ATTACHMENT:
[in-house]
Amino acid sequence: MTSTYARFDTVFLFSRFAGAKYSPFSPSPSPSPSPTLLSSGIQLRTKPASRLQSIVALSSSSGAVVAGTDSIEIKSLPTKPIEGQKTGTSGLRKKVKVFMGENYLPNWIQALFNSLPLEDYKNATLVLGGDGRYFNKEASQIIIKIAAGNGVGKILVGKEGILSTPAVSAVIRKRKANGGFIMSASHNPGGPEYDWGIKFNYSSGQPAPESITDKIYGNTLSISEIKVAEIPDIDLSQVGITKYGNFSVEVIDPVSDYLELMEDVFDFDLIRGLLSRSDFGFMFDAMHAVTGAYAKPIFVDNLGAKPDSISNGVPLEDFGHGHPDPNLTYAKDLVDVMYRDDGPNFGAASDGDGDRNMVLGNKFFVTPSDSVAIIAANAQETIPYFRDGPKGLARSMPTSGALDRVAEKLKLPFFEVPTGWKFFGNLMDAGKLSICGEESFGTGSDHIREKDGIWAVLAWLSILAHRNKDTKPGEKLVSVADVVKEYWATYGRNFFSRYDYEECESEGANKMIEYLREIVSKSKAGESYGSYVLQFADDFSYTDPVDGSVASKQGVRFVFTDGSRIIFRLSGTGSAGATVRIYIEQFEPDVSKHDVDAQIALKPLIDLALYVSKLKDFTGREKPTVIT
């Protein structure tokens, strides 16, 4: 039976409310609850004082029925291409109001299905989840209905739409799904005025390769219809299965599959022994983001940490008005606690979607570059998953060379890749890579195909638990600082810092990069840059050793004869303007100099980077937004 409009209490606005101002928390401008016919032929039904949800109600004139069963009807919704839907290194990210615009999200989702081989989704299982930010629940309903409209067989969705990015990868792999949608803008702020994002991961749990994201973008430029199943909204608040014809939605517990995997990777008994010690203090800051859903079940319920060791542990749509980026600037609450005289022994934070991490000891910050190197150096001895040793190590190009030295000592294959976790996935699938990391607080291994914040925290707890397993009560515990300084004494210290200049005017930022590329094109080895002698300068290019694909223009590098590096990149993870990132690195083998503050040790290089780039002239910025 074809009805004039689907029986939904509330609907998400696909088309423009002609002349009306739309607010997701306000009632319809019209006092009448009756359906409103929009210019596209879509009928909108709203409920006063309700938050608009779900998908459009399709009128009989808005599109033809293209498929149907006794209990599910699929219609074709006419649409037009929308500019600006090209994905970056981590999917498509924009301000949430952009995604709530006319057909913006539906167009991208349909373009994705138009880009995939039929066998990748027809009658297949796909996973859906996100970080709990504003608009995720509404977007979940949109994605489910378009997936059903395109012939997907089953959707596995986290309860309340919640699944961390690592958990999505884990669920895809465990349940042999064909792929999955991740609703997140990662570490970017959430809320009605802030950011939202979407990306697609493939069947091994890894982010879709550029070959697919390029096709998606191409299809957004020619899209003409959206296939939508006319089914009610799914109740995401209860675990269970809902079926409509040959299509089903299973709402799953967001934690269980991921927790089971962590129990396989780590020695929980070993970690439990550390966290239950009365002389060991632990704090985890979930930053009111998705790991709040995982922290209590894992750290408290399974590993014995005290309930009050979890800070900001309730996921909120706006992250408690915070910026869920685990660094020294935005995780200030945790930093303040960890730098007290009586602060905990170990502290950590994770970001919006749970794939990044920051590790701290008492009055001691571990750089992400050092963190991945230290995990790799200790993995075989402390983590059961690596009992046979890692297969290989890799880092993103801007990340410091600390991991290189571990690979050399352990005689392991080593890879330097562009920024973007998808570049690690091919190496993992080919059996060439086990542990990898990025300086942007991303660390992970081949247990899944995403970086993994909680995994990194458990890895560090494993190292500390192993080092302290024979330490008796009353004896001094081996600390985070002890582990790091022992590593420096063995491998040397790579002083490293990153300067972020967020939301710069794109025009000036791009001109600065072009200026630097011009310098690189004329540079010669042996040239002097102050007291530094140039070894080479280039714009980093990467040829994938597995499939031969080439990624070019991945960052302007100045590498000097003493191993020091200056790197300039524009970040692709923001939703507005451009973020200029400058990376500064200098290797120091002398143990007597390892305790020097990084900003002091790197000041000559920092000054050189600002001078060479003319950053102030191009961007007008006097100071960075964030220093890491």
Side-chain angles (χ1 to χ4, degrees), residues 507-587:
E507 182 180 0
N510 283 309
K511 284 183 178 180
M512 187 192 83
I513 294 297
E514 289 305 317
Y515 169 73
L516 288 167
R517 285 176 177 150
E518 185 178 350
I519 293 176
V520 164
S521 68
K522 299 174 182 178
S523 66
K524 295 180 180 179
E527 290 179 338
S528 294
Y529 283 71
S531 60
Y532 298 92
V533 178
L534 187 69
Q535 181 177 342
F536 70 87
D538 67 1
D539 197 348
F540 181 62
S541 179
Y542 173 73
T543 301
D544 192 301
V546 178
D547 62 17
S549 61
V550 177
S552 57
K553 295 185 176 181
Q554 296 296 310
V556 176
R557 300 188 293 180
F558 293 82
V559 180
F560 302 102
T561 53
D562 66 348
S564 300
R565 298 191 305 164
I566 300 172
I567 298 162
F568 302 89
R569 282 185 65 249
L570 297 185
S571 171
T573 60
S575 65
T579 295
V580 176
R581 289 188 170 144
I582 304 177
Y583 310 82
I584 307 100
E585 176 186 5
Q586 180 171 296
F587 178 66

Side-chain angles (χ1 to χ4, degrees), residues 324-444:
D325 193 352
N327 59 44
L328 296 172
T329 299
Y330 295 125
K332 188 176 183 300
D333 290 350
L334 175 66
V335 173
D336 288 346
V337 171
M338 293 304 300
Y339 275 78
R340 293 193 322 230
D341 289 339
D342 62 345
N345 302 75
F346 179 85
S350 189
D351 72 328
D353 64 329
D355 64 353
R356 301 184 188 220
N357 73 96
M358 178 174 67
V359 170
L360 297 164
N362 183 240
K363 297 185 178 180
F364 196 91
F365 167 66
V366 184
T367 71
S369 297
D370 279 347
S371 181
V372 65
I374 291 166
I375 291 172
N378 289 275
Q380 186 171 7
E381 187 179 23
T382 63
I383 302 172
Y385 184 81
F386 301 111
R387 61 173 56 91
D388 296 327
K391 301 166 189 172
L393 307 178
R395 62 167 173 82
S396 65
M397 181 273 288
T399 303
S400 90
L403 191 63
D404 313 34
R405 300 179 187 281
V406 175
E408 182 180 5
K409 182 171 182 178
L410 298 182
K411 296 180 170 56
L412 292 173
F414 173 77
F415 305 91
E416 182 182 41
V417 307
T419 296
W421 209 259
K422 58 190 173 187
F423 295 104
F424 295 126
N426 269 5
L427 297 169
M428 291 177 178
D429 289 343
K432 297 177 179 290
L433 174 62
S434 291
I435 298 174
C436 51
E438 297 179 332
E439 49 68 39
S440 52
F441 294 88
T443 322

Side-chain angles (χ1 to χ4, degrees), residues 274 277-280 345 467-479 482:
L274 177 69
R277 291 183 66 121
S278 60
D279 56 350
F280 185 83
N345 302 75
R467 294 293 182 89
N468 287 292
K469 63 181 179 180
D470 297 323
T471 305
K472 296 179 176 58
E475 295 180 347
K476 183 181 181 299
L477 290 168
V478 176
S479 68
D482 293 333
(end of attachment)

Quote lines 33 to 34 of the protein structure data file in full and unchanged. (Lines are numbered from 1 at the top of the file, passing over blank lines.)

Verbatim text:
S541 179
Y542 173 73